Senators Patrick Toomey and Kyrsten Sinema have joined forces to promote a measure that would exclude cryptocurrency transactions up to $50 from capital gains taxes.
Similar provisions have been proposed in two other measures pending in Congress, but there is little sign that they will be enacted soon.
In the U.S. Senate, a new measure proposing to reduce taxes on minor crypto payments has been introduced.
Senators Patrick Toomey (R-Pa) and Kyrsten Sinema (D-Ariz.) submitted a measure to the U.S. Senate on Tuesday that would exclude cryptocurrency transactions of up to $50 from capital gains taxes. As things stand, the Internal Revenue Service sees crypto assets as property and crypto transactions as investments rather than payments, meaning Americans must monitor and pay capital gains taxes whenever they buy or sell bitcoin. This has severely hampered the potential use of the asset class in regular trade, which many opponents and regulators have cited as an argument against cryptocurrencies’ usability as money.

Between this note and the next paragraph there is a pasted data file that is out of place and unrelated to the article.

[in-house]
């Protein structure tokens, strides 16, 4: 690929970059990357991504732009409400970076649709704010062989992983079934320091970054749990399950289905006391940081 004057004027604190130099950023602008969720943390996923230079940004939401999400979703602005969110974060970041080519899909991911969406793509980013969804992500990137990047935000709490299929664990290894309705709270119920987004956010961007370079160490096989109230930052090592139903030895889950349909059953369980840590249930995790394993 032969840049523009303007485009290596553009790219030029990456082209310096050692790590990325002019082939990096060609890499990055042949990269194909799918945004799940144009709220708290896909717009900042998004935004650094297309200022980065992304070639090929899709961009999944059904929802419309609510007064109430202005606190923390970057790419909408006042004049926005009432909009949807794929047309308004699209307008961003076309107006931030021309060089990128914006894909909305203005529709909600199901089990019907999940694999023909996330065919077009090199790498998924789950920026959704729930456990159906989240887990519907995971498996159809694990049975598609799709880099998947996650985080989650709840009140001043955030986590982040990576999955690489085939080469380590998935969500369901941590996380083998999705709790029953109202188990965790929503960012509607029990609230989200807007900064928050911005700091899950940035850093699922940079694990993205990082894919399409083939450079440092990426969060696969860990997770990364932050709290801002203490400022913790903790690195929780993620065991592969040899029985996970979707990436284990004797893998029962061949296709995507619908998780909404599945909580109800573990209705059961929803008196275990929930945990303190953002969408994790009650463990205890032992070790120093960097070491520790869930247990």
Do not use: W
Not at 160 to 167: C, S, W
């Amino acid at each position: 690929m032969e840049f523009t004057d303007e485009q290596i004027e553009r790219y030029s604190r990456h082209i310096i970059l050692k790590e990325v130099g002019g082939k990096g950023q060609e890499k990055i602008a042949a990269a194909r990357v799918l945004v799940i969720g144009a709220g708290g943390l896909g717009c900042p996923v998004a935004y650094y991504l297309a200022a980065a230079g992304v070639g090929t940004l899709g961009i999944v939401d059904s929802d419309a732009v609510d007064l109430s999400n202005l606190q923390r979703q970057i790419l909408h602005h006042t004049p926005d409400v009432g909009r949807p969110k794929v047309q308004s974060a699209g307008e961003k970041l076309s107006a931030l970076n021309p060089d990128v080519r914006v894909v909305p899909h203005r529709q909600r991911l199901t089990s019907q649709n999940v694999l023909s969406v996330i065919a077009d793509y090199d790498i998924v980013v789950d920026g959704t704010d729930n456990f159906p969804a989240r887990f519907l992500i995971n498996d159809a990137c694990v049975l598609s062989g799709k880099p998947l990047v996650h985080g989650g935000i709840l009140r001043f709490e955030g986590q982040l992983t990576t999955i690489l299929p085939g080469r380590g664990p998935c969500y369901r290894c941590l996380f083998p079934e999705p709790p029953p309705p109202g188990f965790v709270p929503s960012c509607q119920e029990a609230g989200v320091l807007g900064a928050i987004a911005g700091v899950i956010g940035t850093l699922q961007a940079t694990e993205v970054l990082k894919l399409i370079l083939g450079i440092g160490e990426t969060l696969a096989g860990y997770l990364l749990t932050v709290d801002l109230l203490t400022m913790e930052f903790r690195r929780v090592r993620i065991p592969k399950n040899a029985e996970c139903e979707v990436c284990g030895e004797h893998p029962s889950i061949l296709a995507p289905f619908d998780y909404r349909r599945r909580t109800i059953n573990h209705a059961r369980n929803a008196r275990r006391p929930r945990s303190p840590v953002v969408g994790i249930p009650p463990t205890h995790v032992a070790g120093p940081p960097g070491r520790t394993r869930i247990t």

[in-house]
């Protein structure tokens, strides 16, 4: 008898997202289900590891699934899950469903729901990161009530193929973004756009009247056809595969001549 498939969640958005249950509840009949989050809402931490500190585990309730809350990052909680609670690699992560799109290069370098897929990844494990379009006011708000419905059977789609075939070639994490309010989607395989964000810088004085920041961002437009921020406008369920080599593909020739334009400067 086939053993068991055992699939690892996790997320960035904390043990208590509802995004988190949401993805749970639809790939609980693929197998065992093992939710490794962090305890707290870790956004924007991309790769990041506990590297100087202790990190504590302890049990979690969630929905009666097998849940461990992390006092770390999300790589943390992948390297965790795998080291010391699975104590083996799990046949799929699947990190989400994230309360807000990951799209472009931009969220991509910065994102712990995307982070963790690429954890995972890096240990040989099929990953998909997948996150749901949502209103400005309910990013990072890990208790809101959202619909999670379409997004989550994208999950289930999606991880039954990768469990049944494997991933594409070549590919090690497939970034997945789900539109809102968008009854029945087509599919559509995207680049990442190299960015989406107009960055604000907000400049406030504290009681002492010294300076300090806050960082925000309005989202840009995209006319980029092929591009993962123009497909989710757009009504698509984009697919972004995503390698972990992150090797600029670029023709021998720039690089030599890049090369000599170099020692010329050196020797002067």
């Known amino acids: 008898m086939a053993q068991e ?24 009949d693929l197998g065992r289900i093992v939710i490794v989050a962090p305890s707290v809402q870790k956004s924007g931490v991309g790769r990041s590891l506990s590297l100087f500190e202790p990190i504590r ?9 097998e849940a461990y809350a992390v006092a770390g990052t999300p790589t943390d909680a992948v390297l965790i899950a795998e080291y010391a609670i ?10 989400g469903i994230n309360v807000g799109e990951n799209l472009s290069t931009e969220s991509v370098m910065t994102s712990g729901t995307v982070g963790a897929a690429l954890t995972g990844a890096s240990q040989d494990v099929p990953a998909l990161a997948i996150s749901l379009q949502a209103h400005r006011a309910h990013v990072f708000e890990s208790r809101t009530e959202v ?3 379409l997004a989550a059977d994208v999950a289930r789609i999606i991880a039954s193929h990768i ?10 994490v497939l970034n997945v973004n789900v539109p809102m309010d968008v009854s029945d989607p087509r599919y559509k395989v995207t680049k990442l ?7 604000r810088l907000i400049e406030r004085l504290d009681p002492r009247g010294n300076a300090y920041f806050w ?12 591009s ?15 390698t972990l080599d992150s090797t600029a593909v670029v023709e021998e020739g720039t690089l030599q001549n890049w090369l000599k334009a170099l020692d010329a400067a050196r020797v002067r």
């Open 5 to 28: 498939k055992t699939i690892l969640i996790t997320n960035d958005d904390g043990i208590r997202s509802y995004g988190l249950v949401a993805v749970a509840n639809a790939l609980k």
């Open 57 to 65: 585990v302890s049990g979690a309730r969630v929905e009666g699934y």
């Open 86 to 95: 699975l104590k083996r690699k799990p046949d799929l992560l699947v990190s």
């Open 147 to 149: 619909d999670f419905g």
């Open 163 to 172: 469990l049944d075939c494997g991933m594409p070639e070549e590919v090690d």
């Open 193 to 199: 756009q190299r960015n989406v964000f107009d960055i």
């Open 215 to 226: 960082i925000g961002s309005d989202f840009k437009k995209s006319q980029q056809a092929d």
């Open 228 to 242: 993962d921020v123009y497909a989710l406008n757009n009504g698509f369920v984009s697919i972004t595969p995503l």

The measure, known as the Virtual Currency Tax Fairness Act, aims to exclude modest crypto transactions from capital gains tax rules. If enacted, the action would apply to transactions valued at less than $50, with a mechanism to alter this threshold in tandem with inflation.
Notably, similar legislation has been proposed in the past, including a bipartisan measure submitted in February by Representatives Suzan DelBene, David Schweikert, Darren Soto, and Tom Emmer that would have placed the barrier benchmark at $200. Senators Kirsten Gillibrand and Cynthia Lummis submitted a comprehensive crypto bill in June that, among other provisions, aimed to reduce taxes on all bitcoin transactions under $200.
While crypto lobbying organisations and the larger community have cheered attempts to exclude modest crypto transactions from capital gains tax rules, the likelihood that any measures will become law before the end of the year is low. The current legislative schedule, which is loaded with matters unrelated to cryptography, concludes before the November midterm elections. In addition, Senator Toomey will not seek re-election, meaning he will not be in the next Congress to campaign for the bill’s probable passage.